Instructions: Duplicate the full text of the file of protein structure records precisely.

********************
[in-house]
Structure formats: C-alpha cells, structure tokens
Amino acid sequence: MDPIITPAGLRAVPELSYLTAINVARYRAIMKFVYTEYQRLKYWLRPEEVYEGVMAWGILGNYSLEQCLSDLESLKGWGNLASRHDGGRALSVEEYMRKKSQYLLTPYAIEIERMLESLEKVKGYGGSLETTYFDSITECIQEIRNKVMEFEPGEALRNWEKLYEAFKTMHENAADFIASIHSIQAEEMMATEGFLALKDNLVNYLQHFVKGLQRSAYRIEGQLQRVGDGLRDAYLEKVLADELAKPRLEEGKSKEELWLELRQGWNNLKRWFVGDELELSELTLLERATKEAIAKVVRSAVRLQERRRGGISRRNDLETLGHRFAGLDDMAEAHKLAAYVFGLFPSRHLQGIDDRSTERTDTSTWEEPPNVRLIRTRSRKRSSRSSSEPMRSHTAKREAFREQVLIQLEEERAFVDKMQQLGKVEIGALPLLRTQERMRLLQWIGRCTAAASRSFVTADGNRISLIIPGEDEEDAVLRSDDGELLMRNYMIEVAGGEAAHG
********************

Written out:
[in-house]
Structure formats: C-alpha cells, structure tokens
Amino acid sequence: MDPIITPAGLRAVPELSYLTAINVARYRAIMKFVYTEYQRLKYWLRPEEVYEGVMAWGILGNYSLEQCLSDLESLKGWGNLASRHDGGRALSVEEYMRKKSQYLLTPYAIEIERMLESLEKVKGYGGSLETTYFDSITECIQEIRNKVMEFEPGEALRNWEKLYEAFKTMHENAADFIASIHSIQAEEMMATEGFLALKDNLVNYLQHFVKGLQRSAYRIEGQLQRVGDGLRDAYLEKVLADELAKPRLEEGKSKEELWLELRQGWNNLKRWFVGDELELSELTLLERATKEAIAKVVRSAVRLQERRRGGISRRNDLETLGHRFAGLDDMAEAHKLAAYVFGLFPSRHLQGIDDRSTERTDTSTWEEPPNVRLIRTRSRKRSSRSSSEPMRSHTAKREAFREQVLIQLEEERAFVDKMQQLGKVEIGALPLLRTQERMRLLQWIGRCTAAASRSFVTADGNRISLIIPGEDEEDAVLRSDDGELLMRNYMIEVAGGEAAHG